According to Reuters, a number were convinced by Boediono that a man of military background will not herald the age of economic development or progress in human rights.

M. Noer Yusuf, private businessman in Banda Aceh, Aceh:

“I agree with the concept of SBY-Boediono that there has to be a mix between a people’s economy and a free market. I also saw that among those three vice presidential candidates, two of them are enemies of human rights. Indonesia will not develop if Europe and America regard us as their enemy.”

— Tina Carter, Trinity ’10
Categories: Uncategorized

Obama Sends Ambassador to Syria

Al Jazeera is reporting the somewhat surprising news that President Obama is sending an ambassador to Syria. The United States has not had an ambassador to that country for the last four years. From the article:

By returning a senior US envoy to Damascus, Barack Obama, the US president, is seeking to carve out a far larger role for the US in the region as he works to rehabilitate relations with the Islamic world and the Arab Middle East, the [Washington Post] said.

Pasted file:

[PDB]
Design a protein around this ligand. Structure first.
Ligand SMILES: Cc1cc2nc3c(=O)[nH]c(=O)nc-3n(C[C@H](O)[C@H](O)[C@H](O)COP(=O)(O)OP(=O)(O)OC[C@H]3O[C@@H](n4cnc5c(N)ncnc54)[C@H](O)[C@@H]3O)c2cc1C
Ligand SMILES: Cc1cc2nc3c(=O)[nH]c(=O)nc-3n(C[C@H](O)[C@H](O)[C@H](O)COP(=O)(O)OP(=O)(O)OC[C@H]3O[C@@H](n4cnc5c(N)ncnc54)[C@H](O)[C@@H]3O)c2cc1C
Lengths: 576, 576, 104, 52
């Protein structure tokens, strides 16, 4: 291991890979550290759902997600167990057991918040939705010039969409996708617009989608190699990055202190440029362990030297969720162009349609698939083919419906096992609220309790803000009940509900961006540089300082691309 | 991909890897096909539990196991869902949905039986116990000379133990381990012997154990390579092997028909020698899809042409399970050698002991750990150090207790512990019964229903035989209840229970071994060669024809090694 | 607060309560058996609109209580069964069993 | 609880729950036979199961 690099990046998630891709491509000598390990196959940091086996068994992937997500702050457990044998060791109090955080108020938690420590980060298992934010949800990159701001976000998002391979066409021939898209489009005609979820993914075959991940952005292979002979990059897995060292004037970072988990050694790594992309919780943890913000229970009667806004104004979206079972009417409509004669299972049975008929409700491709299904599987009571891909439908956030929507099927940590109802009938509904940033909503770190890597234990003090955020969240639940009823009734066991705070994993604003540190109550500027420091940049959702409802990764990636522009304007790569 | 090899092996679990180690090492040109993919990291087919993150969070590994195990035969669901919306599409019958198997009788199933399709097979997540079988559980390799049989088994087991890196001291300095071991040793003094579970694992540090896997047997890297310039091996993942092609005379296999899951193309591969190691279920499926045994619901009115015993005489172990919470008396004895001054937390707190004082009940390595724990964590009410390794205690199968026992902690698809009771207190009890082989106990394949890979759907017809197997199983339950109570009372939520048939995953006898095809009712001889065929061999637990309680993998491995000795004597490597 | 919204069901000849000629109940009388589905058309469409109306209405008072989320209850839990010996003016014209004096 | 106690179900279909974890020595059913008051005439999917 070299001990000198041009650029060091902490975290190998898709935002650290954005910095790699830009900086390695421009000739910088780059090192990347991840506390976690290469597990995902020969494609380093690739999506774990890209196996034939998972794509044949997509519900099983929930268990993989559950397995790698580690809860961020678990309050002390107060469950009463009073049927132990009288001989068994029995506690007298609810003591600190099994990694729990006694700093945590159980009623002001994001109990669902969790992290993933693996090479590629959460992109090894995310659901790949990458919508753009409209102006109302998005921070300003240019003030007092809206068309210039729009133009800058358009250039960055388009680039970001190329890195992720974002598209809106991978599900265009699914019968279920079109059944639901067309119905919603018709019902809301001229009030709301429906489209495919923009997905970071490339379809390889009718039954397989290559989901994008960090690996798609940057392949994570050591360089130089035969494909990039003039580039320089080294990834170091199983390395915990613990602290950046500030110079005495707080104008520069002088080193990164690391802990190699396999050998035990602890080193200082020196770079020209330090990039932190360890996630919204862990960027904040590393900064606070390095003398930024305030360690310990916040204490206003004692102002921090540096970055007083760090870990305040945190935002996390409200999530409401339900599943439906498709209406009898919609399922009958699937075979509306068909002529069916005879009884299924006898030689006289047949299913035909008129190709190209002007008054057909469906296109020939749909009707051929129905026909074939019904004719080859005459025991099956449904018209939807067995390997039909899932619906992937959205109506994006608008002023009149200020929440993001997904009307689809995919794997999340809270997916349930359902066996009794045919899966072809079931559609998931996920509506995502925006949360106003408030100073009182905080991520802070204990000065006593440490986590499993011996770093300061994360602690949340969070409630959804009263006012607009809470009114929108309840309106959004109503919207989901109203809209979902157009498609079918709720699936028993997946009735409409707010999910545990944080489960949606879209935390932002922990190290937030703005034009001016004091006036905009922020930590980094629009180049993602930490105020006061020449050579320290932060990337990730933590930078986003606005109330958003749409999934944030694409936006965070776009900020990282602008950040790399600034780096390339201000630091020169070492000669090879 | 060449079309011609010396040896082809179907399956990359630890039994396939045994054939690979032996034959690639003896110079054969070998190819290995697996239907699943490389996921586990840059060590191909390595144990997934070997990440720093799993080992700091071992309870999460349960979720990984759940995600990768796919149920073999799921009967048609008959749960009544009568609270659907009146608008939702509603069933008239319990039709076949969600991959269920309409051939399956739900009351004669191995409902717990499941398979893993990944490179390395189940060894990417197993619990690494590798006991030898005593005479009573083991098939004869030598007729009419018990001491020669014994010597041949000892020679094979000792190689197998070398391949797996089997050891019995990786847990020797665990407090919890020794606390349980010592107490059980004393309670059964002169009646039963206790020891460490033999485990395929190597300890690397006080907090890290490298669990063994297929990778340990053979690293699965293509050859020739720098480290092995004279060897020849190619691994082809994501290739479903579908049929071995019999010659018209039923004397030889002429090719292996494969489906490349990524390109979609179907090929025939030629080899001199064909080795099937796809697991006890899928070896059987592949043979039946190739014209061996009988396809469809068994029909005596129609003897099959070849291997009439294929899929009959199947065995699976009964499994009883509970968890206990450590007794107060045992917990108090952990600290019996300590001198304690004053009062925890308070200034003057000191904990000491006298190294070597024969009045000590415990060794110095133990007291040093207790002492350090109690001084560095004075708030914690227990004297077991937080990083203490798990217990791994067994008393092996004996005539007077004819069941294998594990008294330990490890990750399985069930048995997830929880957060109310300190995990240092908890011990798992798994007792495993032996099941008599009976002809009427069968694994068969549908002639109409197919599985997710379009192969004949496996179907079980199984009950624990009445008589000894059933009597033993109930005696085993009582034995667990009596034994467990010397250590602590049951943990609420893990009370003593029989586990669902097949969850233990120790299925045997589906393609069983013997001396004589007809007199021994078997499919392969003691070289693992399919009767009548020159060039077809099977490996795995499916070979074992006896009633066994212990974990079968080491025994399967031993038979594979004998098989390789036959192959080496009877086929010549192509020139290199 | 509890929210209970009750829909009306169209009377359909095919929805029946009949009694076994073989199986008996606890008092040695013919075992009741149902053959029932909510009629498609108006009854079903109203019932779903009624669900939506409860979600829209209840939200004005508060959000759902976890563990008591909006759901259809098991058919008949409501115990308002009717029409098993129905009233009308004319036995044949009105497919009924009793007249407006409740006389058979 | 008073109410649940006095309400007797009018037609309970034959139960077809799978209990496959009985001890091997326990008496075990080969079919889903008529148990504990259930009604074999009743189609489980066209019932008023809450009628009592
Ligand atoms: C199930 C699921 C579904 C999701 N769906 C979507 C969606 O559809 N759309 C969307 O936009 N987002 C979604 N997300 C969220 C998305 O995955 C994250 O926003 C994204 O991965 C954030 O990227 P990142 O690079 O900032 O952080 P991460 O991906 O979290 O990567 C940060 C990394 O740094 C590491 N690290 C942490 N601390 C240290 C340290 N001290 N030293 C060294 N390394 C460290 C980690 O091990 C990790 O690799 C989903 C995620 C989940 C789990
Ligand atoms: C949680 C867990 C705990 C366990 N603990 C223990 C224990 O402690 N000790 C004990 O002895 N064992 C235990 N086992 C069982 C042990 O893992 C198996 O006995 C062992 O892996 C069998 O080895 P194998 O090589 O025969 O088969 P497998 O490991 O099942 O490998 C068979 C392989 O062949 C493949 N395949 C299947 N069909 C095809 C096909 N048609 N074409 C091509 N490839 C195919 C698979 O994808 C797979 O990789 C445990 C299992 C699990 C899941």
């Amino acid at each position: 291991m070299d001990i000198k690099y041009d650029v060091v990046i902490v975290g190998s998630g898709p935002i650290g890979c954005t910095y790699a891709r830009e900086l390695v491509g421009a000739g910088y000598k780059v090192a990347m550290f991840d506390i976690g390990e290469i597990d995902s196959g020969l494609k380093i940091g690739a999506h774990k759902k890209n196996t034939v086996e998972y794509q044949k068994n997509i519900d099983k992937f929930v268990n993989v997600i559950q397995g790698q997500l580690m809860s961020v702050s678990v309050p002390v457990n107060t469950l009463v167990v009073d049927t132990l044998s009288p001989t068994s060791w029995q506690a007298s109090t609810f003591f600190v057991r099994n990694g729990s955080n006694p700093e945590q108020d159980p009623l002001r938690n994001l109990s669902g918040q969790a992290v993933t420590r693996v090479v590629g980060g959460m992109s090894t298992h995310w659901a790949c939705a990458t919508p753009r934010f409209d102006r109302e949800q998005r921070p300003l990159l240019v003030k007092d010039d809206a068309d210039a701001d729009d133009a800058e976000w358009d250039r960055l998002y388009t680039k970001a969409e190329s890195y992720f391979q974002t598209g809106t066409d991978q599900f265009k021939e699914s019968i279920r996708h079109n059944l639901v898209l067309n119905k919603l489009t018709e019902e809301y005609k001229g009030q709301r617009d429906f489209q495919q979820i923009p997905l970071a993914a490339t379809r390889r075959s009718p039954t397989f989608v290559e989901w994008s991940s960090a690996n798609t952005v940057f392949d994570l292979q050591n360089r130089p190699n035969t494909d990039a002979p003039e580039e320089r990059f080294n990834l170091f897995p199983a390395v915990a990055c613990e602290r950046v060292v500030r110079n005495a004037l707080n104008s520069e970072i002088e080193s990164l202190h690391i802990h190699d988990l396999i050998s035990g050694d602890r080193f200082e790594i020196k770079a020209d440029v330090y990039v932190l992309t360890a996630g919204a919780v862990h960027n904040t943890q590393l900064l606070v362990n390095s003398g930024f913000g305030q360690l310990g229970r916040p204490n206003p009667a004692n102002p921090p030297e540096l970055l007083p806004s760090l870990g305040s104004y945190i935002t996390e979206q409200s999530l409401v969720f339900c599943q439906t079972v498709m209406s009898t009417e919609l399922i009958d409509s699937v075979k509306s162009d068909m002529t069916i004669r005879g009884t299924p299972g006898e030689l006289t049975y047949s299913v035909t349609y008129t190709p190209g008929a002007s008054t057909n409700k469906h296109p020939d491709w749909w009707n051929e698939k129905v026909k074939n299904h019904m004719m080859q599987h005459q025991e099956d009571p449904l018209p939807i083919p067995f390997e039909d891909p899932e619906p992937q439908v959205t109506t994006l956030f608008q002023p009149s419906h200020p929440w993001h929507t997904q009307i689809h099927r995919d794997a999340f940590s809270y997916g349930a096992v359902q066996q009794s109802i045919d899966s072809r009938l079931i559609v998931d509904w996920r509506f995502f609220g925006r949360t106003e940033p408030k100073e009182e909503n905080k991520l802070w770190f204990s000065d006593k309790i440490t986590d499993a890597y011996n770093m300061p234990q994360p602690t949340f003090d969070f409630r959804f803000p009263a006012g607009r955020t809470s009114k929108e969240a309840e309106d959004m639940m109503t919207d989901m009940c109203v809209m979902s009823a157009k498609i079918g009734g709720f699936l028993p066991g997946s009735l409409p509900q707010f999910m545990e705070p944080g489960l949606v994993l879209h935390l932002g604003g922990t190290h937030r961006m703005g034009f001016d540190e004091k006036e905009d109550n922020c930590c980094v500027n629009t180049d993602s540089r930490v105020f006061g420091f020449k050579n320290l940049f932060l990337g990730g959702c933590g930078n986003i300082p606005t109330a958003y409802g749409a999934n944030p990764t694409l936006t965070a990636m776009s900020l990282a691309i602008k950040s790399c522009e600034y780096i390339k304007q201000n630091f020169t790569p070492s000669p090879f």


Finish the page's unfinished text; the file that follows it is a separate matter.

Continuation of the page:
A senior administration official told CNN: “It’s in our interests to have an ambassador in Syria.

“We have been having more and more discussions and we need to have someone there to engage.”

I say “surprising,” but it shouldn’t be, as relations between the US and Syria have been improving in recent months. What’s surprising is the timing, considering what’s going on in Iran right now, as Syria and Iran are often assumed to be close by US observers, and are connected in the public mind. Perhaps President Obama (or Syria?) is trying to break that link.

In any case, the presence or absence of an ambassador-rank diplomat is largely a symbolic move, and if nothing else gives a bit of leverage to the Obama administration in that the ambassador may now be recalled, which is always a dramatic bit of international theater. Not an overwhelmingly important event, then, but worth noting.

Categories: Syria